Then, when I traced the trails in the dust and peeped around the corner, I saw it again. Movement. Only this time it was definitely not the flickering of the light. On the floor I saw a cluster of tails slither into the aisle on the far end of the corridor. Stark with fear, I immediately retreated and started thinking. What in the world is this thing roaming these ancient tunnels? I sat there for what felt like hours as my mind raced with otherworldly, terrifying imagery of things said to inhabit the dark unplumbed cosmos. I regretfully thought about that horrible mistake I had made all those years ago, when I could not yet grasp the significance of the cold: "Why did I have to look in that worm-eaten, ancient volume? Nothing has been the same since! Gods, all those mind-rending things that mad Arab had written in that dreaded Necronomicon! That one passage… THAT ONE PASSA—" I abruptly snapped out of my panic-induced pondering as I heard something approaching. The sound of shuffling footsteps, at the other end of the aisle.

I sat there, completely stupefied as the thing came round the corner. Two faintly glowing orange eyes, deeply set in their sockets, observed me as it slowly stepped out of the shadows. It was a creature that did not look like anything I had ever seen. Just a few meters before me stood a bent figure with a deep green, warted skin. Compared to its long arms with gaunt hands, it had squat, and relatively short hind legs; perfectly adjusted to wandering these ancient tunnels—or perhaps it was the other way around, I quickly thought. Behind it dragged—if I am not mistaken—five long, wrinkly tails; which made a shuffling sound as it moved. The thing had a ghoulish, almost skeletal look, bent claws, and a maw filled with pointed teeth. But, strangely enough, I was not afraid anymore. For even though this strange thing would have looked nothing short from repulsive—let alone terrifying—to the average person, there was something strangely soothing about the way it moved. I got the impression that it was specifically making an effort not to frighten me; making only gradual, gentle movements. It was like a hiker trying to approach a deer. Its eyes amicably stared into mine as it shuffled forward, not making any sudden movements. The thing stopped its advance and brought forward one of its lagging flexible tails. The tail was wrapped around a book, which it took into its hands. It was the book I had dropped in the corridor! I continued looking, dumbfounded, as what I now supposed is this place's librarian slid the book into a gap between the countless volumes. Turns out I had not even noticed the gap when I tried to find out where to put it. Then, as the librarian slowly retreated back into the dim corridor, a crystal-clear thought penetrated my mind: "One at a time. No need to hurry."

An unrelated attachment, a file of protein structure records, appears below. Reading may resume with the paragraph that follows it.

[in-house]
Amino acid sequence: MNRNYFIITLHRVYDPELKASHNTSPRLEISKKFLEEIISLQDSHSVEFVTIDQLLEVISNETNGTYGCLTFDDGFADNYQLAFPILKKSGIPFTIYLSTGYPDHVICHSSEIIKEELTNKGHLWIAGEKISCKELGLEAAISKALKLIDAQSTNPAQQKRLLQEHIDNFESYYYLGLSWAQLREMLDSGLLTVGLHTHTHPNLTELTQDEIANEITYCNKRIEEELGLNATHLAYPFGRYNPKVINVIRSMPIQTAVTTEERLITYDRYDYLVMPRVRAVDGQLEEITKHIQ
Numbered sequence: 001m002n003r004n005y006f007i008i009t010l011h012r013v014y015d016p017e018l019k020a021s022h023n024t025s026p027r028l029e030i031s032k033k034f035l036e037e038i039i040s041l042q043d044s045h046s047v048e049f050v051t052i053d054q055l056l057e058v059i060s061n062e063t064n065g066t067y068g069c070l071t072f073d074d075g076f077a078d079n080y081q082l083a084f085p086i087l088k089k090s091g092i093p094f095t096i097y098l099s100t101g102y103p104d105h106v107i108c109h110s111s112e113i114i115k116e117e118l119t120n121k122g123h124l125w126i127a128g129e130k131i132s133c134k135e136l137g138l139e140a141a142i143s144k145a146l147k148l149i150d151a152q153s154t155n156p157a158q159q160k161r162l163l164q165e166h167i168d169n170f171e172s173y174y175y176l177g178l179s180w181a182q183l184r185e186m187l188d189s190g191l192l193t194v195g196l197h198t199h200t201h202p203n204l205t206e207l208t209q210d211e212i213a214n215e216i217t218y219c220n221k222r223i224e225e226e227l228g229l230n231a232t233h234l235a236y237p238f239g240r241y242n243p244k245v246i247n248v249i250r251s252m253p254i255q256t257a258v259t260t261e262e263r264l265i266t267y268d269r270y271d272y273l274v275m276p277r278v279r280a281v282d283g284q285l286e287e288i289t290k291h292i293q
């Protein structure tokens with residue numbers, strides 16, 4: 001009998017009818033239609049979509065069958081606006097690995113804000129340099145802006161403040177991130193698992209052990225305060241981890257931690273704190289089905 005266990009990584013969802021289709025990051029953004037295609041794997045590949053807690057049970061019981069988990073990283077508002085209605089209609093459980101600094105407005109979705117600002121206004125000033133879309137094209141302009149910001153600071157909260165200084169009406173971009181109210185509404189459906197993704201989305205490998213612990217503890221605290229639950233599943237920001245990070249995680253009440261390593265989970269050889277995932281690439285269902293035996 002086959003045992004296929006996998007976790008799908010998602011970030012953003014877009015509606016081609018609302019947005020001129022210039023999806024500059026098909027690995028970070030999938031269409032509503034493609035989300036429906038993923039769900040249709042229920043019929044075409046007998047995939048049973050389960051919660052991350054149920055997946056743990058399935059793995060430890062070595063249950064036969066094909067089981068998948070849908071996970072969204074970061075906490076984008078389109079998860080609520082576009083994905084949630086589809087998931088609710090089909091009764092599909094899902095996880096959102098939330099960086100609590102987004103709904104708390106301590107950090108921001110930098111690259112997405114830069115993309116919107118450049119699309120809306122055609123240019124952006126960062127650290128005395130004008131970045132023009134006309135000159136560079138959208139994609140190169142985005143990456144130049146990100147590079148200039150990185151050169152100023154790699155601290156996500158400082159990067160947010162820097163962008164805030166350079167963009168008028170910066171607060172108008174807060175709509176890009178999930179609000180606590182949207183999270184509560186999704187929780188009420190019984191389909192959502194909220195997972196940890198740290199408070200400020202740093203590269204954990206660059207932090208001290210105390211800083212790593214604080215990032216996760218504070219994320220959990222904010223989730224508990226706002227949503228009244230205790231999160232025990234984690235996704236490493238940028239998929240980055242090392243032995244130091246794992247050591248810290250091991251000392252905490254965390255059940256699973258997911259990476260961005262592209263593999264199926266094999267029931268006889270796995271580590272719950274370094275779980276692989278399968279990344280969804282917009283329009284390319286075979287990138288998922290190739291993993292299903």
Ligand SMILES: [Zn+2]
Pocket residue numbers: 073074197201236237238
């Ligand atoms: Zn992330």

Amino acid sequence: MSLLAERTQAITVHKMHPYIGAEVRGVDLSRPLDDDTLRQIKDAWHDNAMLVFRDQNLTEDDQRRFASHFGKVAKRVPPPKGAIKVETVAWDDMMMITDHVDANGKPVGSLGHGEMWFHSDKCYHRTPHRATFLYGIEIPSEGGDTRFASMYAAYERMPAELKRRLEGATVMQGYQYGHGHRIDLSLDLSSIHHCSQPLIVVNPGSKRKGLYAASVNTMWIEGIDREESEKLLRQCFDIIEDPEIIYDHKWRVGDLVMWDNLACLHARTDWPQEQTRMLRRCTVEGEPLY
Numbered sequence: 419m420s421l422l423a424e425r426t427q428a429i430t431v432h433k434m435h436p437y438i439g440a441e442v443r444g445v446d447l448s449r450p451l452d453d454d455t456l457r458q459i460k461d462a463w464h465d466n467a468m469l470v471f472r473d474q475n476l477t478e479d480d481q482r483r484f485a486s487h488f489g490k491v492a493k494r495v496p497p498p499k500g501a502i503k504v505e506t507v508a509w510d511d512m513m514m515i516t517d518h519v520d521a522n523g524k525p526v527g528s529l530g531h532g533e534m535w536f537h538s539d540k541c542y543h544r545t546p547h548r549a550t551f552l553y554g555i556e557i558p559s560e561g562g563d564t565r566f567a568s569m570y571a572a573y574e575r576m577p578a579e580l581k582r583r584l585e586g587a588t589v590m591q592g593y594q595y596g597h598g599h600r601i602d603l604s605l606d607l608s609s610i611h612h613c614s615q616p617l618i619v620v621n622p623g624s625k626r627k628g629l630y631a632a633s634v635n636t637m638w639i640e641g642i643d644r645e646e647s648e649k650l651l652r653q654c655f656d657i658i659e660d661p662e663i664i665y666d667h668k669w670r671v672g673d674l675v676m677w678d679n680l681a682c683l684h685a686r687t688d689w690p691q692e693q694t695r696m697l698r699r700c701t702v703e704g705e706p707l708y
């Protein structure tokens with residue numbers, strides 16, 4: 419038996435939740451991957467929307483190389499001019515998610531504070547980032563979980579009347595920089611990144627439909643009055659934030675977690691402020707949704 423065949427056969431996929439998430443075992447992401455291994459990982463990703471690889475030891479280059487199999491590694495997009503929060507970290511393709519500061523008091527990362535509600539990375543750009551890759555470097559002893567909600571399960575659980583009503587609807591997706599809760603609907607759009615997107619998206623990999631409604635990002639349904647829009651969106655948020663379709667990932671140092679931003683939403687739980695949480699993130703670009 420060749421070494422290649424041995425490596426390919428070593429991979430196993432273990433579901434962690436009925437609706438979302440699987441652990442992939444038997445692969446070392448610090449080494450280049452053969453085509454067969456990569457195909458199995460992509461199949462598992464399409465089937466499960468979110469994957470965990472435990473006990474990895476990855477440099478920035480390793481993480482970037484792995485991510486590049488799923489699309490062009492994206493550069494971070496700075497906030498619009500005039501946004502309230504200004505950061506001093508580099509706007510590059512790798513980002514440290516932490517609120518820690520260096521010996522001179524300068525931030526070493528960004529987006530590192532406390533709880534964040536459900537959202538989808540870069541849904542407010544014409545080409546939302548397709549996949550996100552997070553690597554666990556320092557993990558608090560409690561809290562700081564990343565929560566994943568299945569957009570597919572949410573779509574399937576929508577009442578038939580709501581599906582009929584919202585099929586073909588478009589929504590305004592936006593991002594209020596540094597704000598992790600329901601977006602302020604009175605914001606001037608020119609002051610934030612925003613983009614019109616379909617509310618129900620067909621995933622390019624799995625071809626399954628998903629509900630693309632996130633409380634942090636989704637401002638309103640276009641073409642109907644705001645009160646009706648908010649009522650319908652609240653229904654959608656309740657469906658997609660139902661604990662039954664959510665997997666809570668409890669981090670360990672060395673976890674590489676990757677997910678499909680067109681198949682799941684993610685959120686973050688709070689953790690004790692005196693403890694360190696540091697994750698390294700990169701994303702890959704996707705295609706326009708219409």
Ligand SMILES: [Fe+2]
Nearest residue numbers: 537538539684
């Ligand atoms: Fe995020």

I felt remarkably more at ease after the strange encounter. And as I read the books one by one, I even started to feel at home. Now I no longer became startled whenever I saw something moving in the shadows; or when I saw a book was gone from the shelves, only to return a couple hours later. For I knew what inhabited this place, and that it had as much an appreciation for reading as I had. With this place's librarian—once strange, now familiar—I lived mostly in silent kinship. Though sometimes, without uttering a single word aloud, we would share our thoughts and experiences; discussing the many differences between the times we had lived in. The more we became familiar with one another, the more I remembered what it was like to feel warmth. Finally I had gotten it. Finally, I was home.

When I finally permitted myself to sleep in this antediluvian stronghold, and dreamt of my rotting body finally being found in my cold apartment, that I remembered in full that one passage from the Necronomicon that had once frightened me so:

"Cursed is the one who roams the cold wastes alone in doubtful sleep. The one who knows too much for the mind to bear, but cannot share it. In life shall the one forever be alone; for there can only be one at a time. But, there have been such splintering projections onto our reality of the thing beyond the stars before. The chasm of time can be crossed; but only in death. Only in death can the ones finally find the warmth of kinship. Only in death shall be united the facets of the All-In-One."

(Mount Shrine – Empty slopes)